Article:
- Double deel. Other than Khurelsukh himself, every member of cabinet is an MP. I have never been that concerned about the simultaneous role of parliamentarian and government executive, but this is a slap in the face to the public, especially since Khurelsukh had indicated a desire to appoint experts in cabinet. Of course, there are competent MPs. That’s part of the reason why I do not think of the double deel as a challenge in principle, but there are only a few members of this cabinet who seem obviously prepared and competent for their portfolios. That would include D Tsogtbaatar (Foreign Minister), Ts Nyamdorj (Justice), Ch Khurelbaatar (Finance). At the opposite end of this spectrum sits D Sumyabazar whose competence in mining matters has remained well-concealed during his service in parliament so far. Likewise, D Sarangerel is a journalist by profession and so far has not displayed any inclination toward her health portfolio.
- Lack of inspiration: women and new faces. Once Khurelsukh had been forced into an all-MP cabinet, he had very few choices that would have been inspirational. But how I wish he had signalled a desire for reform by bringing in competent new faces, including younger politicians and especially more than two women. Women play so many important roles in Mongolian organizations, they need to be included in the most visible and most important decision-making bodies! D Sarangerel is a woman, but her assignment to the Min of Health is not where she is knowledgable and along with Ts Tsogzolmaa at the Min of Education, it is classic assignments for women in cabinets.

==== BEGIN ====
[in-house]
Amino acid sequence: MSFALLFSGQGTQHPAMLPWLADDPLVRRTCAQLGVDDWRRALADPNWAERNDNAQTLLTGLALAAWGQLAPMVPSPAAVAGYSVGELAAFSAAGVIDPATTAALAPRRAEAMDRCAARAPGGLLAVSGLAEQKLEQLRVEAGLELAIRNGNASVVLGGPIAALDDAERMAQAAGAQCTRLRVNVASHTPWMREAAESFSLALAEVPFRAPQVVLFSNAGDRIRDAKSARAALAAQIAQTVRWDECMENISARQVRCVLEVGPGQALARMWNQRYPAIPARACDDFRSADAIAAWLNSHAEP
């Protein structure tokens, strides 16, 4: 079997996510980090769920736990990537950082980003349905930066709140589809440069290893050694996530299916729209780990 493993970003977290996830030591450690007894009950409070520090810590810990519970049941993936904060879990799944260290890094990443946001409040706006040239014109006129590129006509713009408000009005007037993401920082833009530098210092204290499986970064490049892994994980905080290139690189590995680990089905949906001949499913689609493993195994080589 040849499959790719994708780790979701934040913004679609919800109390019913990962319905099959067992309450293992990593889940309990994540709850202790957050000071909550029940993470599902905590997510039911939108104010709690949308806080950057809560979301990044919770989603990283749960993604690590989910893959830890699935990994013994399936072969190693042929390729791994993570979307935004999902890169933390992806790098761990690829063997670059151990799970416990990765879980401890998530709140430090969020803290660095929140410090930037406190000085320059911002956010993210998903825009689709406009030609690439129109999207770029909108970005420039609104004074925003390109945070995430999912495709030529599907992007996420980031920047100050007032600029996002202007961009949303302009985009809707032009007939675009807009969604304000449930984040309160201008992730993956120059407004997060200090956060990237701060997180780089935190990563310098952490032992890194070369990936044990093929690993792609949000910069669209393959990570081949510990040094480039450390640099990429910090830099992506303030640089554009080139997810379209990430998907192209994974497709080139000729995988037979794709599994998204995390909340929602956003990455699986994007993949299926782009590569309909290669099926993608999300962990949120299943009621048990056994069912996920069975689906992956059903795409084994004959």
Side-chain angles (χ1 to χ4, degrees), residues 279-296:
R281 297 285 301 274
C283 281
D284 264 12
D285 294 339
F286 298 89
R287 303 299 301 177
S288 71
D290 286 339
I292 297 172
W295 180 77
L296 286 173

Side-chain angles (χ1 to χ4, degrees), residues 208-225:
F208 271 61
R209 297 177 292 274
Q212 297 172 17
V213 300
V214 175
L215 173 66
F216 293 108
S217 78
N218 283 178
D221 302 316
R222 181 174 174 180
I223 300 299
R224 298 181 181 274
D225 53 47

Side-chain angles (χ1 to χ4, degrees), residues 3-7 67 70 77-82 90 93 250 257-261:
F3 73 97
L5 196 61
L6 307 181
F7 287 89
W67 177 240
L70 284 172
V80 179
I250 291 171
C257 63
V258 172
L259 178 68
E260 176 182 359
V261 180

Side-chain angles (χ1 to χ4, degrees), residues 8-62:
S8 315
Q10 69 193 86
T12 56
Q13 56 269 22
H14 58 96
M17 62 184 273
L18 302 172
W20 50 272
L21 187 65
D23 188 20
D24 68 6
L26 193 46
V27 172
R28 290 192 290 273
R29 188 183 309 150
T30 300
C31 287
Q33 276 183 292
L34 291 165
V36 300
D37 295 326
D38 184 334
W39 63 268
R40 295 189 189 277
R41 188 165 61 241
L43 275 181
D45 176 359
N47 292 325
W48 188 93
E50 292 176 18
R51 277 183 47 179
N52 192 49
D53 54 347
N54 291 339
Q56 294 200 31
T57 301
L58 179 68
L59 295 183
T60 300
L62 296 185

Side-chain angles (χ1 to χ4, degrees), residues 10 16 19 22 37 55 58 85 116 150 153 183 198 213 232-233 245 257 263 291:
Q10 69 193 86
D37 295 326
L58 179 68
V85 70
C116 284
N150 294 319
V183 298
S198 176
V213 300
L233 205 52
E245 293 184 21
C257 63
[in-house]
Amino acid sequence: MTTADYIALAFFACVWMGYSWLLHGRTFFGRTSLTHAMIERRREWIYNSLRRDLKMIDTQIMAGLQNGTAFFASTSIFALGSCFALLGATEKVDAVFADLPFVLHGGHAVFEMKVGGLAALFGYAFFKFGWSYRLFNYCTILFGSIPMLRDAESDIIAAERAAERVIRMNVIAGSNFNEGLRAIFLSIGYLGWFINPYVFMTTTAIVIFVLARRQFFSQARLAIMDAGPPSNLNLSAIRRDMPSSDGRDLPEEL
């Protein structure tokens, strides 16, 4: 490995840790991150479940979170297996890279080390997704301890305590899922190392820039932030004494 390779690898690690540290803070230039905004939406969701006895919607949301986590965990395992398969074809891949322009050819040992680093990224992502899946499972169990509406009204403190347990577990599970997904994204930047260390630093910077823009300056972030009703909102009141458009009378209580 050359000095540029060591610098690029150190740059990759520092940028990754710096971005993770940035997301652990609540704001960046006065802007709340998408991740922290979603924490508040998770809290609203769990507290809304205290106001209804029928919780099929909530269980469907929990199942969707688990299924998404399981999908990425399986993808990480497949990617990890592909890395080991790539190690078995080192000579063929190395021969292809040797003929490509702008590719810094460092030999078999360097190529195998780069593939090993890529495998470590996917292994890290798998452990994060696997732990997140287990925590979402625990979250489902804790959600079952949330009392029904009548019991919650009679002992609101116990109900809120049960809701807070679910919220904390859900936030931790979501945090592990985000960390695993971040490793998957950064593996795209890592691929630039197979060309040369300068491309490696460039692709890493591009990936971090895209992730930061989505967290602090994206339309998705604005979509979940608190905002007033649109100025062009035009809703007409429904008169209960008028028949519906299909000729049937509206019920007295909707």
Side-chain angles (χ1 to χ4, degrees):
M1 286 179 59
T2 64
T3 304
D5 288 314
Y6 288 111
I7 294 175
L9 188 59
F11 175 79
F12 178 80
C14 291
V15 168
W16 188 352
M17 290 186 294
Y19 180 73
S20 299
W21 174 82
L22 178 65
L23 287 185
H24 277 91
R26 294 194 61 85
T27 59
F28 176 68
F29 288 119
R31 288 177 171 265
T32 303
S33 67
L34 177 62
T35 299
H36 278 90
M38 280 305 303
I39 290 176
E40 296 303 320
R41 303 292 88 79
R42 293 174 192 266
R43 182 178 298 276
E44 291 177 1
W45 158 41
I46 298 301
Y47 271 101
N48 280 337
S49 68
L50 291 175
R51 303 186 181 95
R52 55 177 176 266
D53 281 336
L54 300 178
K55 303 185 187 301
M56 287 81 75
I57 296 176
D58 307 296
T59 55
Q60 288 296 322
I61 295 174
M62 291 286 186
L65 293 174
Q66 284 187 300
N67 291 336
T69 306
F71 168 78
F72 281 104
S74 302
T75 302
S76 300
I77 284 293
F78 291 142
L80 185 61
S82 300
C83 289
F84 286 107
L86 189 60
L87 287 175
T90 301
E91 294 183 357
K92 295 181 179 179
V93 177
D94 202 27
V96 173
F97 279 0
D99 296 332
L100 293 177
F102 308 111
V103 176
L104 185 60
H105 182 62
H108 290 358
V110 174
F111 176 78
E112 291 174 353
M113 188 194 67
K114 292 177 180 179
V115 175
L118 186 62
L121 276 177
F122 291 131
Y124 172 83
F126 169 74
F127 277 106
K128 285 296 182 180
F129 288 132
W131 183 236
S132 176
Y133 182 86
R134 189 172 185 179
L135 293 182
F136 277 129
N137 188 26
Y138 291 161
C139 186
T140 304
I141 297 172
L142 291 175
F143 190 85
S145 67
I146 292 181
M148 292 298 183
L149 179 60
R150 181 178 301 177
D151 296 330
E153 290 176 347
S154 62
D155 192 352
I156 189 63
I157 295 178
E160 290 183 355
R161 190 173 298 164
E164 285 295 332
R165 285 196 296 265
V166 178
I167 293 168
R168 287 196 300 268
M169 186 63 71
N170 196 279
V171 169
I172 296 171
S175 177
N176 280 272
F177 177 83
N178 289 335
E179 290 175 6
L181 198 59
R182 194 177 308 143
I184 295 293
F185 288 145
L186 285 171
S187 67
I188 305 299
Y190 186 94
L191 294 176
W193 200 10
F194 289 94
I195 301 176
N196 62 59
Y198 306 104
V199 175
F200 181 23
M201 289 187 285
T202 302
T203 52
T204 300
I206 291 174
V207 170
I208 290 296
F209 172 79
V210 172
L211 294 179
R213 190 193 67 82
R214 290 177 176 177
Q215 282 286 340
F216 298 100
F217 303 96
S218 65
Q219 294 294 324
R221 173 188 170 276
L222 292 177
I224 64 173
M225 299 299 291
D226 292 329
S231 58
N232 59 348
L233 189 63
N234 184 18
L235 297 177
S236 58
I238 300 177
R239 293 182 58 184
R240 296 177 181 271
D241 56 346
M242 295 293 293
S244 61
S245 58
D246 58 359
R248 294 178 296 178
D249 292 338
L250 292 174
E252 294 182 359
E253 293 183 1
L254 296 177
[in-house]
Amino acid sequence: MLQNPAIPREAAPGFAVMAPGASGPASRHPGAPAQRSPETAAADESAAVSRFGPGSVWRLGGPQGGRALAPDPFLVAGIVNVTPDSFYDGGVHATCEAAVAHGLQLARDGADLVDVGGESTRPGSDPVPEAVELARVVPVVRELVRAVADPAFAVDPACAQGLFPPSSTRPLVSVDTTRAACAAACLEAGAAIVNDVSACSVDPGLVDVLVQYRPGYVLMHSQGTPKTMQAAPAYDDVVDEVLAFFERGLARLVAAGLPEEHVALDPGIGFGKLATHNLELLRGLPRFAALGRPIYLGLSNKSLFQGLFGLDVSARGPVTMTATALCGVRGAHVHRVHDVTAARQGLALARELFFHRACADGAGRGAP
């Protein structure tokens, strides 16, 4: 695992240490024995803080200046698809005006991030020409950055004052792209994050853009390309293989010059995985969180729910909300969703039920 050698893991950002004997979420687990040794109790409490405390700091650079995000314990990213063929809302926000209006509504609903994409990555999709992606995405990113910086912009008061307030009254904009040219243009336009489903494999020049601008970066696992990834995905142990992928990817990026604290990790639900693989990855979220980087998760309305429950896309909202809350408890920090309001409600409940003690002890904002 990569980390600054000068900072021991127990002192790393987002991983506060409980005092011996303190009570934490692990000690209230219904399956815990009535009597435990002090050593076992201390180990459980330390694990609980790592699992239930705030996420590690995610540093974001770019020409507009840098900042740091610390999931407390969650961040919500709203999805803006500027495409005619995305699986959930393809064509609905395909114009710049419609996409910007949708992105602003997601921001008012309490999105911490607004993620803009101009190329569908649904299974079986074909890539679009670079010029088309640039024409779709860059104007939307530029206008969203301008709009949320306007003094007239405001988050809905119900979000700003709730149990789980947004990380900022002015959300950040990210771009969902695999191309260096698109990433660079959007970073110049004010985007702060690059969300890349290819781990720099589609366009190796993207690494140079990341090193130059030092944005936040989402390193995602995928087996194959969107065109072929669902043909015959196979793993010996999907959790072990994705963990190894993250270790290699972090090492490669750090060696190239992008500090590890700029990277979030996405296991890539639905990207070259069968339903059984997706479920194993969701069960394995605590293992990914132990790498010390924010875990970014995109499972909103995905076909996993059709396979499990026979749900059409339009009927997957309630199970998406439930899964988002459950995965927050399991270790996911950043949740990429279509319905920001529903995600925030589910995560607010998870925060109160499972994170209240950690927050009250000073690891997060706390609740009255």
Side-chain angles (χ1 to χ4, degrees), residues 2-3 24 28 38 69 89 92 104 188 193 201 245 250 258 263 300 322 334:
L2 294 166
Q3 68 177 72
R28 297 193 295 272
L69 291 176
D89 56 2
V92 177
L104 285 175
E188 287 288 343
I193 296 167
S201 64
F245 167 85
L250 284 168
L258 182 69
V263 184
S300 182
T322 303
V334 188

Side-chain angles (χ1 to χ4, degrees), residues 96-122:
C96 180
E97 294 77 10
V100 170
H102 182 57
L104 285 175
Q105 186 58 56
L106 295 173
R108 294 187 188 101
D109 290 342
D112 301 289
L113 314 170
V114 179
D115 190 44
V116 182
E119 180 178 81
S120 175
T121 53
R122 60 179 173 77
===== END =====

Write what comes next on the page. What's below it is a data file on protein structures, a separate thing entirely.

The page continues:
- Political agenda. Obviously, much remains to be defined. While his delivery was uncharacteristically flat, Khurelsukh’s address to parliament after the election included some topics that could define his government and could move toward much needed fundamental reforms. Some of his speech was perhaps somewhat generic including elements pointing at social development. But judicial reform did seem to get some mention. My personal preference would be for public service reform as the first big task, but judicial reform is obviously linked to an independent judiciary. And perhaps Nyamdorj is the right minister to lead such efforts. We shall see.